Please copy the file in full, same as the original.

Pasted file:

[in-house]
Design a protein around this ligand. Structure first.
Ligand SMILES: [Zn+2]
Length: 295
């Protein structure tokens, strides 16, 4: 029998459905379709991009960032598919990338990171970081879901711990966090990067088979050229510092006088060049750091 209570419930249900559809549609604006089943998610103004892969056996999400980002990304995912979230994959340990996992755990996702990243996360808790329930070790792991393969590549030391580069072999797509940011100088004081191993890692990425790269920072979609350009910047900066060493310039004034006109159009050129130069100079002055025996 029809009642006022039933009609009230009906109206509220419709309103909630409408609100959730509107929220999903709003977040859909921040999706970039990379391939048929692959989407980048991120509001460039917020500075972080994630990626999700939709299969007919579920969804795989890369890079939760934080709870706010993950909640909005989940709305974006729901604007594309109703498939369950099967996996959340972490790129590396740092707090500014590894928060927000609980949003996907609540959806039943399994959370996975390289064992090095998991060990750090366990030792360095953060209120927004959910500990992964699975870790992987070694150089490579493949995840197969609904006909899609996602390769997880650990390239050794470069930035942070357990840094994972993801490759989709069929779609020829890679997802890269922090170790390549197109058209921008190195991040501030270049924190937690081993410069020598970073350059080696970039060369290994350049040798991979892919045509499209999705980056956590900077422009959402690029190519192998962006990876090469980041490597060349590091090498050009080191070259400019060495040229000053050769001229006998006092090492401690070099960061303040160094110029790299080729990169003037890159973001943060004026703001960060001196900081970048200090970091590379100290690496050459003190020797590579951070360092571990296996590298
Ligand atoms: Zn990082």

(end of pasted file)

[in-house]
Design a protein around this ligand. Structure first.
Ligand SMILES: [Zn+2]
Length: 295
């Protein structure tokens, strides 16, 4: 029998459905379709991009960032598919990338990171970081879901711990966090990067088979050229510092006088060049750091 209570419930249900559809549609604006089943998610103004892969056996999400980002990304995912979230994959340990996992755990996702990243996360808790329930070790792991393969590549030391580069072999797509940011100088004081191993890692990425790269920072979609350009910047900066060493310039004034006109159009050129130069100079002055025996 029809009642006022039933009609009230009906109206509220419709309103909630409408609100959730509107929220999903709003977040859909921040999706970039990379391939048929692959989407980048991120509001460039917020500075972080994630990626999700939709299969007919579920969804795989890369890079939760934080709870706010993950909640909005989940709305974006729901604007594309109703498939369950099967996996959340972490790129590396740092707090500014590894928060927000609980949003996907609540959806039943399994959370996975390289064992090095998991060990750090366990030792360095953060209120927004959910500990992964699975870790992987070694150089490579493949995840197969609904006909899609996602390769997880650990390239050794470069930035942070357990840094994972993801490759989709069929779609020829890679997802890269922090170790390549197109058209921008190195991040501030270049924190937690081993410069020598970073350059080696970039060369290994350049040798991979892919045509499209999705980056956590900077422009959402690029190519192998962006990876090469980041490597060349590091090498050009080191070259400019060495040229000053050769001229006998006092090492401690070099960061303040160094110029790299080729990169003037890159973001943060004026703001960060001196900081970048200090970091590379100290690496050459003190020797590579951070360092571990296996590298
Ligand atoms: Zn990082």